The dangers of Ransomware are greater than ever, so today we will take a look at the history of Ransomware, the consequences for companies and the opinions of end consumers regarding this topic.
The history of Ransomware
One of the first Ransomware attacks was the AIDS-trojan. This software spread using floppy disks, which where used by researchers to share their findings with each other. It was pretty harmless, as the user had to install the virus manually and send a cheque to Panama to get the key to decrypt their data. Because this virus only encrypted the filenames and used a relativly weak symetrical encryption, security experts where able to recover the data without paying the ransom.
11 years later, another virus made history. LoveBug demonstrated the possible reach of Ransomware in the May of the year 2000. A student living in the Phillipines prepared the foundation of a multi-million dollar industry with this piece of software. LoveBug attacked both private user and – for the first time at this scale – companies. It infected and disabled over 45 million devices worldwide.
Inspired by the AIDS-trojan and LoveBug, further extortionists forced further victims to buy decryption keys using the Ransomware GPCoder (2004) and Archievus (2006). But IT-security experts where still able to recover most of the data without buying the decryption key.
The next generation of Ransomware would not be so kind. CryptoLocker, CryptoDefense and CryptoLocker2.0, which where set loose in 2013, brought huge challenges to IT-security experts trying to recover the data without buying keys. New methods of spreading the virus, which now included E-mail and infected websites, and a strong AES-256-encryption made these viruses more dangerous. Cybercriminals also started to use Botnets to directly control their attacks, which gave them more freedom to personally roam in corrupted networks. The new payment method Bitcoin prevented the culprits from beeing tracked easily. It took over a year to discover and disable most of the Botnet.
The next step is very well known: WannaCry. This Ransomware showed the full terrifying potential of Ransomware in 2017. In only 4 days, over 230.000 devices in over 150 countries where infected and blackmail in 20 different languages was sent out.
Ransomware in the present
Ransomware spreads much faster and is more complex than ever. The focus also shifted. As earlier Ransomware attacks tried to extort money from private individuals, many attacks now focus on companies and organisations, as these can pay higher ransoms. Coverware-experts found out, that hackers achieve on average 110.000$ per attack. And better Phishing methods and more convincing E-mails that carry the viruses also target smaller companies. These companies often lack the strong firewalls and backups needed to fend of such attacks.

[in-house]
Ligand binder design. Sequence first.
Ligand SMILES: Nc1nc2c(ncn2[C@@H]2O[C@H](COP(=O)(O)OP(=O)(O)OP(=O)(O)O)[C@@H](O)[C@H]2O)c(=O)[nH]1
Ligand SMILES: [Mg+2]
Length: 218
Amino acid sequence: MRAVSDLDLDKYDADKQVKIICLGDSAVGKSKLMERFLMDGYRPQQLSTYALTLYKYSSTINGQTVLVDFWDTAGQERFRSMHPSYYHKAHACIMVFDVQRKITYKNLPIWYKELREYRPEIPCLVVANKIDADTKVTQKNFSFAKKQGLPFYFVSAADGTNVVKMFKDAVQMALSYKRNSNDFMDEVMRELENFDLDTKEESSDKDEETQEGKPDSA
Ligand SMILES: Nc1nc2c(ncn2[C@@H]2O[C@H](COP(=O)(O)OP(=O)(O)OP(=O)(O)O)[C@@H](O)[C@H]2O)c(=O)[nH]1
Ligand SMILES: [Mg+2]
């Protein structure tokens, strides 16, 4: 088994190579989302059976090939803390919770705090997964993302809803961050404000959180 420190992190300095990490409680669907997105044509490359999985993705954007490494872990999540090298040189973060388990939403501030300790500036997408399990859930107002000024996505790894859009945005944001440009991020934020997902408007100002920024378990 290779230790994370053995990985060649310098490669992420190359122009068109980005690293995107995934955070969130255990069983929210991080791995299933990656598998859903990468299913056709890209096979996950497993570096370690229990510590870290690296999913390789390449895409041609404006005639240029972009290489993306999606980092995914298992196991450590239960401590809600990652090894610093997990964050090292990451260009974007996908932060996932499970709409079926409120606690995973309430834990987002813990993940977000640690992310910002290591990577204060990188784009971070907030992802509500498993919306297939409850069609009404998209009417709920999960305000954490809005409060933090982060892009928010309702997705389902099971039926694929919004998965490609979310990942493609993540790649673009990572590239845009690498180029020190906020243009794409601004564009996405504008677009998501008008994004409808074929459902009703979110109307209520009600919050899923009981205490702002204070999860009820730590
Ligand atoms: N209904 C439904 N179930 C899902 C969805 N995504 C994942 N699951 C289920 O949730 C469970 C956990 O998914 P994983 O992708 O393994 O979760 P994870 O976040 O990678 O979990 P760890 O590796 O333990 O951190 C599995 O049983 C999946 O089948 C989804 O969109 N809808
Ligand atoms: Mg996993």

The expectations of end consumers also rose since the earlier days of Ransomware. A survey conducted by Veritas Technologies found out, that end consumers want companies to fight against hackers and not pay ransom, but also expect companies to pay on average 1070€ per User if private or personal information is affected. This sum adds up quickly. The latest attacks would cost multiple hundreds of millions of euros. In addition, many want direct and peronal consequences for the leadership of companies, that have been successfully hacked. Some even demand prison sentences. Lastly, the damage to a companies image if it was successfully hacked is huge. 42% of the surveyed people no longer want to buy from companies, that have been successfully hacked.
Protection against Ransomware
It is possible to protect against Ransomware. The core part of a successful defense against Ransomware attacks are secure, frequent and offline stored backups. If the company is attacked, all systems can be quickly reset to a clean state without paying the ransom. But this is a huge pitfall. Unsecure, infrequent or backups that are saved in a location that is accessible via the network are often useless, when they are needed most. Many viruses activly seek out backups to destroy, delete or encrypt them. Infrequent backups are also useless, because any data that was generated between the last backup and the attack is completly lost. A strong firewall is also important. Next Generation Firewalls use intelligent algorithms to detect attacks early and stop them. This is important, as an early detection of an attack allows huge leaps in damage reduction.